And to ClothesonFilm.com she says:

The [corps] ballet was designed by Zack Brown (for American Ballet Theater), and my department and I added some feather detailing to assimilate them with the White Swan.

So who actually added the feathers to Zack Brown’s corps costumes? Was it Rodarte or her department and herself? I just wish someone would get this all clarified once and for all.




I have not done all of this to favor one side or the other. I just wanted to present some of the sources for the controversy. It is not a question of who deserves the credit for costume design, who should be nominated, etc. They both deserve the credit, but unfortunately, rules are rules and now the Mulleavy sisters know better and have joined the Costume Designers Guild and will negotiate credit on future endeavors in the film industry. And it is definitely not a question of whether they were a good fit for this film or not. I have no doubt that they were. They are incredible fashion designers, and yes they do run a business and have a brand to sell, but I have no way of knowing whether this is all a master plan for self-publicity or just a snowball of miscommunication.

Their contribution to Black Swan began after Natalie Portman suggested Kate and Laura Mulleavy to the director, Darren Aronofsky, for the film’s ballet costumes because their work as Portman describes it is very balletic. They have worked with feathers since early on in their career (Spring/Summer 2007 RTW Collection, for example). They also had done a collection inspired by ballerinas and Japanese horror films (how appropriate for Black Swan) in their Fall/Winter 2008 RTW Collection as well as a vulture-inspired RTW collection for Spring/Summer 2010 that resembles their Von Rothbart demon costume for Black Swan. And who can forget their raven dress from Fall/Winter 2007 RTW Collection featured that year on the coveted Vogue September Issue.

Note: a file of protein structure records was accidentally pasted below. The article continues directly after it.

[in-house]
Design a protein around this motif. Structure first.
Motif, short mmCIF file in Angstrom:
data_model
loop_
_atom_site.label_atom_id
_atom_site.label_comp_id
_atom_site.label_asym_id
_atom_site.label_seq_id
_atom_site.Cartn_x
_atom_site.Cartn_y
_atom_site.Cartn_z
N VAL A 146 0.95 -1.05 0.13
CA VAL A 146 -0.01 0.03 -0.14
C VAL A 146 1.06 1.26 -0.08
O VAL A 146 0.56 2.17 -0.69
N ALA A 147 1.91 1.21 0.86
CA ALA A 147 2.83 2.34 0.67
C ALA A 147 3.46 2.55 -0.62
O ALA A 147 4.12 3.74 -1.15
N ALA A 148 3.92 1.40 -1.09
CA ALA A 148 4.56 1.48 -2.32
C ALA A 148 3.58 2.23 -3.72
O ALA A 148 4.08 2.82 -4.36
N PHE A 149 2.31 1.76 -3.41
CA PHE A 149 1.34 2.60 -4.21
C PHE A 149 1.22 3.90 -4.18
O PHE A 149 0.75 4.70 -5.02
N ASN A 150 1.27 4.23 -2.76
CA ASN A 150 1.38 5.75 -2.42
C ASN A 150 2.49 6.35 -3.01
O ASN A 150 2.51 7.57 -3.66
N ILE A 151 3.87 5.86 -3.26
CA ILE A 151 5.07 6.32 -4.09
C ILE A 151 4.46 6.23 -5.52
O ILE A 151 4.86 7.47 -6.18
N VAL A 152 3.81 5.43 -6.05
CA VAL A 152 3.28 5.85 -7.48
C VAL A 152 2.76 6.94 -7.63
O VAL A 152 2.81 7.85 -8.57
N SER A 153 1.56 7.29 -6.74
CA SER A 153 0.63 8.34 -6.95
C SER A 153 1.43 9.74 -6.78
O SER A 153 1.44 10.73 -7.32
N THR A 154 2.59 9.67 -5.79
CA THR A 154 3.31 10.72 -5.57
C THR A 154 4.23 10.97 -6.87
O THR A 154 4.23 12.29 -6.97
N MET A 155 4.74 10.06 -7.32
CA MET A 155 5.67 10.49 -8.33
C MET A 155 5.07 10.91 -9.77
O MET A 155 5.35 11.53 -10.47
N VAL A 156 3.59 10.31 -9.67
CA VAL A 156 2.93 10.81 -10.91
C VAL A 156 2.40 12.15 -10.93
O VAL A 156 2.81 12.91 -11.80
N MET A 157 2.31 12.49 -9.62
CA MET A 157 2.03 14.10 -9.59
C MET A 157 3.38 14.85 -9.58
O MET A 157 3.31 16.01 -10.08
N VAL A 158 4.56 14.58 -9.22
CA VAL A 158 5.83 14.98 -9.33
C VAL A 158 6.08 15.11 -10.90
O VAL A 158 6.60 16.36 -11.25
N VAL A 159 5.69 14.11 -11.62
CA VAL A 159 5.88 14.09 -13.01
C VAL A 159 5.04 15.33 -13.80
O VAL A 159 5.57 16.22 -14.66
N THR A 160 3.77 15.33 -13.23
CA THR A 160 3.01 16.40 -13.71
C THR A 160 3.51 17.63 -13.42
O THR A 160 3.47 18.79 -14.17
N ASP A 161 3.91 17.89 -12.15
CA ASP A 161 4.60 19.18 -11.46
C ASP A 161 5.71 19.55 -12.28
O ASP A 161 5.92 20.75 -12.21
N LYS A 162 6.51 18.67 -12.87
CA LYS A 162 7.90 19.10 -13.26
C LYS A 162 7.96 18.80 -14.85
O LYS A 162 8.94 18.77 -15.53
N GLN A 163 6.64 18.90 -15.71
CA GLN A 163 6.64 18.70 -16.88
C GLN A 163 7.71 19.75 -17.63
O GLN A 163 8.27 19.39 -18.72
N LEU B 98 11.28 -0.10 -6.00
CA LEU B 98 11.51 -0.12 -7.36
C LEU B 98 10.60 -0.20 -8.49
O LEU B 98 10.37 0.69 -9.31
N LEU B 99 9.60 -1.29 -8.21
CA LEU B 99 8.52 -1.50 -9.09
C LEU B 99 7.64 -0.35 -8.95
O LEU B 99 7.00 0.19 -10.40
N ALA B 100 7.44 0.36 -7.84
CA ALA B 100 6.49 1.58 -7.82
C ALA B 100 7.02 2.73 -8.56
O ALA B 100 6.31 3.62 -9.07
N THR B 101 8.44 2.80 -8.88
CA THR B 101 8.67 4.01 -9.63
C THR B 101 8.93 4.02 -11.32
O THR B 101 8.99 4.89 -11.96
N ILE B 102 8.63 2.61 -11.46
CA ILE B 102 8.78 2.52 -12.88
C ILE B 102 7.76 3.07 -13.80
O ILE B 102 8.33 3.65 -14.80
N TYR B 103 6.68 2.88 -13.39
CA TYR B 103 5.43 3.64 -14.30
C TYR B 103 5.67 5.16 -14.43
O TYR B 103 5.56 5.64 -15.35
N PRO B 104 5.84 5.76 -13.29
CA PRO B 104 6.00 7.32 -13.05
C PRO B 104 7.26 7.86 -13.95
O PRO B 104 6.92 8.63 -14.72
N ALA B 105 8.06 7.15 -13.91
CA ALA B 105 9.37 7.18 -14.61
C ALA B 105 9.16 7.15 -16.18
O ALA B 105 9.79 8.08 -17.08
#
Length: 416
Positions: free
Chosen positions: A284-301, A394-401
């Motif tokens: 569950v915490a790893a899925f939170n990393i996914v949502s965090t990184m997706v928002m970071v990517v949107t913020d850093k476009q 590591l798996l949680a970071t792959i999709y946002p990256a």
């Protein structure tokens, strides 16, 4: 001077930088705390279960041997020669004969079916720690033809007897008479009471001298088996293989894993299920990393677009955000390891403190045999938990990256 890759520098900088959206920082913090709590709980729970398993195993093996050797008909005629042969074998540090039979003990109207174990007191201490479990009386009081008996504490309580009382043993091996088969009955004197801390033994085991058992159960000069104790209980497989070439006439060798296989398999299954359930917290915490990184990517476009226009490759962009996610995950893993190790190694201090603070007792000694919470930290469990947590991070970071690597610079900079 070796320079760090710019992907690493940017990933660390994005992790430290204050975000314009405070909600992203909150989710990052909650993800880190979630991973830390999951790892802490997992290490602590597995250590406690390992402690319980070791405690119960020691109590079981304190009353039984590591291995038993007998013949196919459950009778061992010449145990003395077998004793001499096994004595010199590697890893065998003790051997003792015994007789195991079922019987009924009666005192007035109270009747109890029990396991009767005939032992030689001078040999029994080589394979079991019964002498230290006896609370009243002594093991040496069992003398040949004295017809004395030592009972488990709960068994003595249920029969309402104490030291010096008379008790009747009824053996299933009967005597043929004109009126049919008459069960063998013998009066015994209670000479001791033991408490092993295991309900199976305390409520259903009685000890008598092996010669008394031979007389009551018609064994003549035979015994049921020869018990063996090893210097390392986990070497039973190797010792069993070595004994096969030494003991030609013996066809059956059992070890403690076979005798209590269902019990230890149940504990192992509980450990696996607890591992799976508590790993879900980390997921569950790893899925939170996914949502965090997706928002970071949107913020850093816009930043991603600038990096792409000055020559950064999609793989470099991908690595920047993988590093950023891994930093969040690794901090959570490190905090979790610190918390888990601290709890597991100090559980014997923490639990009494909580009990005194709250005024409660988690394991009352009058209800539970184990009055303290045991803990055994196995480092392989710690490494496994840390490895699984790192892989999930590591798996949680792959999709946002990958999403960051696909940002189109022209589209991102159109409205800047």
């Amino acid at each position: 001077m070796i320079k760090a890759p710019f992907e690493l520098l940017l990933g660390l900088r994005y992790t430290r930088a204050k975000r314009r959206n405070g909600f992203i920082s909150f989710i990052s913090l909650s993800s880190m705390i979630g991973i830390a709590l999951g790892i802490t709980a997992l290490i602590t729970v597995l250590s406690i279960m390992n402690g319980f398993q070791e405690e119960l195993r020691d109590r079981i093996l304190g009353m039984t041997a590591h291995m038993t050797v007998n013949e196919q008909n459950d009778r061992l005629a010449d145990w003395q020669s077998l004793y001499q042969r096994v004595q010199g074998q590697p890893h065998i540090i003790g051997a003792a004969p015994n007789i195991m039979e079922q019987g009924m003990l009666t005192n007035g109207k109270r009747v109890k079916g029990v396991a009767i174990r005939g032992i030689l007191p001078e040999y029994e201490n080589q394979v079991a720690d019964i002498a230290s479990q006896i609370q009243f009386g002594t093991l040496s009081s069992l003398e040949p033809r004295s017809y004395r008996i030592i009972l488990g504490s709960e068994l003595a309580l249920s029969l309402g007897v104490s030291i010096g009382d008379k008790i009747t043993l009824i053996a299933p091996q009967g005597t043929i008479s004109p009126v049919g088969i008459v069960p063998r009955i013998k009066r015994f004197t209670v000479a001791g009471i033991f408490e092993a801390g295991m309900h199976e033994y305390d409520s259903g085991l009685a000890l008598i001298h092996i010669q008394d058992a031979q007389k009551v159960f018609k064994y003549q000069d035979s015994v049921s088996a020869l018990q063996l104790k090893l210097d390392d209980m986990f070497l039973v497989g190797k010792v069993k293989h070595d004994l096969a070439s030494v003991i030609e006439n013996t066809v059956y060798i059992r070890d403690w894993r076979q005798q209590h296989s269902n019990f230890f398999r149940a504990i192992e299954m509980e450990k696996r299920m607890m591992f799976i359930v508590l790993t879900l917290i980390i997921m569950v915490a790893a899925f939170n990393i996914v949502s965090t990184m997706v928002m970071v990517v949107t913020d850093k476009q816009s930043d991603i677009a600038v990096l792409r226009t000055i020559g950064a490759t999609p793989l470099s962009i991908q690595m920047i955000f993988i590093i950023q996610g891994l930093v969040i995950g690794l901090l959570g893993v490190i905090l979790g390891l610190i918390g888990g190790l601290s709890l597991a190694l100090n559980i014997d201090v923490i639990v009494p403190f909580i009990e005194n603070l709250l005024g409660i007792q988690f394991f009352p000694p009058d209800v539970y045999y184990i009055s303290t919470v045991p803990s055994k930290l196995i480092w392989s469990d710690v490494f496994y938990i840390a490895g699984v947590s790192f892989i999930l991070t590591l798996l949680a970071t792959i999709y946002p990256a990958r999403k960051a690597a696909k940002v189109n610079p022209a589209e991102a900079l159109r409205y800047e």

Rodarte 2007 Spring/Summer RTW Collection (feathers):


Rodarte 2008 Fall/Winter RTW Collection (Ballet- and Japanese Horror Film-inspired):


Rodarte 2010 Spring/Summer RTW Collection (Death Valley- and Vulture-inspired):



Rodarte 2007 Fall/Winter RTW Collection (the Raven Dress):



To further not seem to demerit the Mulleavy sisters, here are some beautiful sketches from their work for Black Swan taken from WWD [http://www.wwd.com/fashion-news/kate-and-laura-mulleavys-swan-song-3394183] and Vanity Fair [http://www.vanityfair.com/online/oscars/2011/01/from-sketch-to-still-the-visual-history-of-rodarte-in-black-swan.html]





I’m sure you’re all well equipped now to form your own opinions on this matter. There are still questions to be answered, and with time we’ll see if there are any new developments on this controversy.



Black Swan (2010) Fox Searchlight Pictures | Costume Designer, Amy Westcott | Director, Darren Aronofsky.

All runway photos courtesy of Style.com


© 2011 - 2015, Louise Junker.